Everything is Intertwined: Archival Coincidence and Connectivity on the North Shore
By: Dustin Witsman (BMRC Processing Intern)
For the past two and a half months I've spent my days traveling North to Evanston's Shorefront Legacy Center (via the ever-slowing CTA purple line). Started by Morris “Dino” Robinson, Jr. in his dining room in order to pick up the slack in the preservation of history of Evanston's African-American experience, Shorefront has grown to include community involvement, music, and youth programs, as well as housing over fifty archival collections. Since late May, I've organized and produced finding aids for around thirty of these collections using the increasingly-popular “More Product, Less Process” method of archival processing, and I'm still plugging away.
In dealing with the records of a relatively small area, namely Evanston's Fifth Ward, the interrelatedness of the collection material quickly becomes visible. Like a Paul Auster novel waiting to be written, items in the archive, seemingly unrelated, begin to show their similarities and make connections on their own simply by the very nature of their existence. The interconnectedness of the collections, mirroring their real-life creator's relationships, becomes something of a comfort through its familiarity—a juxtaposition of seemingly unrelated events and organizations from which emerge narrative threads to be used by researchers in weaving the tapestry of history (once they find the much treasured needle in the proverbial haystack of archival information). Luckily, these archival haystacks come with treasure maps in the form of finding aids.
In the case of Evanston, there are a few organizations that seem to serve as historical linchpins working to tie both the community and its members together. Social and civic clubs, much more than today, it seems, were “the thing to do”: they number must be in the triple digits. The biggest and most obvious of these being the town's first African-American church named Ebenezer A.M.E. Church. From its early beginnings in the 1880s, Ebenezer served as a cultural and social hub for many African-Americans in the area. Without even reading a history of the Church, this became blatantly obvious simply by the shear recurrence of material in each new box I'd open. It seems that nearly every social and civic leader had, at one point, a hand in the affairs of Ebenezer. Though, it seems the men’s’ roles here were more prominent than the women’s, who formed their own supporting networks of the clubs and organizations.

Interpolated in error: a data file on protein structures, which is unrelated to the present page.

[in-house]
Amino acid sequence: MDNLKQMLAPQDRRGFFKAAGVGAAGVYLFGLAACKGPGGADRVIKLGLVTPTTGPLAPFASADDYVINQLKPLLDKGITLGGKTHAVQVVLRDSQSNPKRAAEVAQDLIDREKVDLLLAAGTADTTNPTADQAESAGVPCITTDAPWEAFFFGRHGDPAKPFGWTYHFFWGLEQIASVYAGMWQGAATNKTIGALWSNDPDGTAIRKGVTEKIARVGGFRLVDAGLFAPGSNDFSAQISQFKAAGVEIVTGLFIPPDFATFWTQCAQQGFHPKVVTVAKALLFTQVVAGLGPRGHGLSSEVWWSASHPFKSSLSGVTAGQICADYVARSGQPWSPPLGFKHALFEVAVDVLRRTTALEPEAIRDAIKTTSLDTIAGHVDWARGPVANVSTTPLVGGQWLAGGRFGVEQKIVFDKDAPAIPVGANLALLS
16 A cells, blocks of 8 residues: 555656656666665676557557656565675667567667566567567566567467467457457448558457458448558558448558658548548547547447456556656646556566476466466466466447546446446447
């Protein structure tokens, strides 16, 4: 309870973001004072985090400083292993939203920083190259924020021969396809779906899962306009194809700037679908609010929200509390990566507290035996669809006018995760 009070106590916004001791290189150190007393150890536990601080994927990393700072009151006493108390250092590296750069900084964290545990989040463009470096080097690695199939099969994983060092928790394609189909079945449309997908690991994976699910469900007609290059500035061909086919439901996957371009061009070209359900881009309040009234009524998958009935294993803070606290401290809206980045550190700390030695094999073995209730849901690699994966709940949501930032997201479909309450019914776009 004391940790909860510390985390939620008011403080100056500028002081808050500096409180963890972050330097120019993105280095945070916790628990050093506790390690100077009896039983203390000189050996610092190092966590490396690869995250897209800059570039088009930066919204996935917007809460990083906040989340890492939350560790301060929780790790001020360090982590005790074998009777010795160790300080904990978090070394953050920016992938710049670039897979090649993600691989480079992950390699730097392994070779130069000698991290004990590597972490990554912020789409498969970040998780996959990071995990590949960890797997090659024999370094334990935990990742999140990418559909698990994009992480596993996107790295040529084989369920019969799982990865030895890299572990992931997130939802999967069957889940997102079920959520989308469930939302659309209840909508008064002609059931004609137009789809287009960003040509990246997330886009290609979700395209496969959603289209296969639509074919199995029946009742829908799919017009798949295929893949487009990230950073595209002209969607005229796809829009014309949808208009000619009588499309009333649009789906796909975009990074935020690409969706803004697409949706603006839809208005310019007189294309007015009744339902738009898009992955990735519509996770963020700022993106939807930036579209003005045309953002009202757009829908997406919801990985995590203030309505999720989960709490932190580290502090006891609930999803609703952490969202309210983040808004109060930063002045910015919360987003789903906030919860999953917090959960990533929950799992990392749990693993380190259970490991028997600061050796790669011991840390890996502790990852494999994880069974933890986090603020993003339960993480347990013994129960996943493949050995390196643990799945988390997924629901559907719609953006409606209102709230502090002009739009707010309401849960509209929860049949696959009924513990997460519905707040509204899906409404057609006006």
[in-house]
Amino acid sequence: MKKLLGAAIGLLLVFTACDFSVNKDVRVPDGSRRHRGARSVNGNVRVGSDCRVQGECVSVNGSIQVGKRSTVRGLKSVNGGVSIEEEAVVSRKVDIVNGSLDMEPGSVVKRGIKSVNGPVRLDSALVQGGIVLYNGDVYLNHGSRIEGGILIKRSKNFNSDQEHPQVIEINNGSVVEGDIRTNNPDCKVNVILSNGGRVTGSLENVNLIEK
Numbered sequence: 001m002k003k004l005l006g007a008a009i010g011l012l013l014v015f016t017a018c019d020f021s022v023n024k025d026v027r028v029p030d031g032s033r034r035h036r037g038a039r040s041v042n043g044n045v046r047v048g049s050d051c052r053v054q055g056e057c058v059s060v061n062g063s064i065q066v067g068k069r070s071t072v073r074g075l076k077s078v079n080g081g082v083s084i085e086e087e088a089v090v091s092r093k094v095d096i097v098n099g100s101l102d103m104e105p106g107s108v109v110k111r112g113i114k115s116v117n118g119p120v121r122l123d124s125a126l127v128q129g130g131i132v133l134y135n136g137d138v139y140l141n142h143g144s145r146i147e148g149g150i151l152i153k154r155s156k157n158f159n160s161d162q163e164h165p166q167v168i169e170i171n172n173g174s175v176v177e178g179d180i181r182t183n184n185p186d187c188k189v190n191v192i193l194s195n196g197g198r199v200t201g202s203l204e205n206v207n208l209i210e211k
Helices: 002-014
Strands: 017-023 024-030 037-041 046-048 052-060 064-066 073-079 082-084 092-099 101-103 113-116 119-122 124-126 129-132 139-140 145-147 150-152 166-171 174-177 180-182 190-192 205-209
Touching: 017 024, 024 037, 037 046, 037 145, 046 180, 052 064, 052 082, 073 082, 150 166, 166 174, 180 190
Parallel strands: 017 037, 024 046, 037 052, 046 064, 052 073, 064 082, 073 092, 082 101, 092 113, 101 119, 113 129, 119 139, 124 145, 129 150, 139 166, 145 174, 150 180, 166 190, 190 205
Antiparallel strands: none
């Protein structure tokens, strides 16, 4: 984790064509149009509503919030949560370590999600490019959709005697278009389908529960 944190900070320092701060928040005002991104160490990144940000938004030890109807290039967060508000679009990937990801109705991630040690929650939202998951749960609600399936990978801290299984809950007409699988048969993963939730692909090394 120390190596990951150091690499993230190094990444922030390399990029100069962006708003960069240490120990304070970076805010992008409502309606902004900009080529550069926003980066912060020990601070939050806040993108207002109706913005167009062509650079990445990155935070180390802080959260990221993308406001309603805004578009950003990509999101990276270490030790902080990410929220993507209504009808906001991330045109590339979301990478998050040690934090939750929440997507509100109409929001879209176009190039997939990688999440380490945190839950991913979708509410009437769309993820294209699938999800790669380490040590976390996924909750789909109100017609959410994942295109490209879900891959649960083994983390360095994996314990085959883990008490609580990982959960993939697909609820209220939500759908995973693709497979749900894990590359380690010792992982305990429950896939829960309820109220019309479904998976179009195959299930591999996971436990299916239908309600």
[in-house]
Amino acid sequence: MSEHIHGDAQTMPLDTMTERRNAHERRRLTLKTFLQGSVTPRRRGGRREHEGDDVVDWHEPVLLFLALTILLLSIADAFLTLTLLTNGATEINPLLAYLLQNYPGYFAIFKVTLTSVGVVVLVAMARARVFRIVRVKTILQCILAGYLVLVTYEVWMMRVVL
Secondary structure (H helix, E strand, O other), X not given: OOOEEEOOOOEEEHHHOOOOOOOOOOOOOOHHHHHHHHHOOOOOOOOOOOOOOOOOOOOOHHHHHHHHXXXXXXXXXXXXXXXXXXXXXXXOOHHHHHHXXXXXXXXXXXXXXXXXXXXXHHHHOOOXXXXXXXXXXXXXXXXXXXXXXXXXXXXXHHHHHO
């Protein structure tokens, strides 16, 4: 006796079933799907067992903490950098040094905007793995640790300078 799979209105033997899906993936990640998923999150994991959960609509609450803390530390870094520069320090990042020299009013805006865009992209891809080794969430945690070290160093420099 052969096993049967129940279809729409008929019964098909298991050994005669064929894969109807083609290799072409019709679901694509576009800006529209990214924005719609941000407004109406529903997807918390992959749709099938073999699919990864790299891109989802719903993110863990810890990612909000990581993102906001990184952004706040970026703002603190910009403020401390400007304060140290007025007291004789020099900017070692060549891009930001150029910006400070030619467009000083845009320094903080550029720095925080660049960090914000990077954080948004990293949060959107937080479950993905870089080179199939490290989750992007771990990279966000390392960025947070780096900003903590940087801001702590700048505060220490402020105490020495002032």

Anna Belle Frazier, for instance, was a community leader whose papers document her high levels of involvement with such organizations as the Order of the Eastern Star, the Ladies Auxiliary of the V.F.W., as well as her long-standing membership at Ebenezer. Shorefront also houses collections of material from the Order of the Eastern Star, of which several members' personal papers are held at Shorefront as well: this is not atypical here.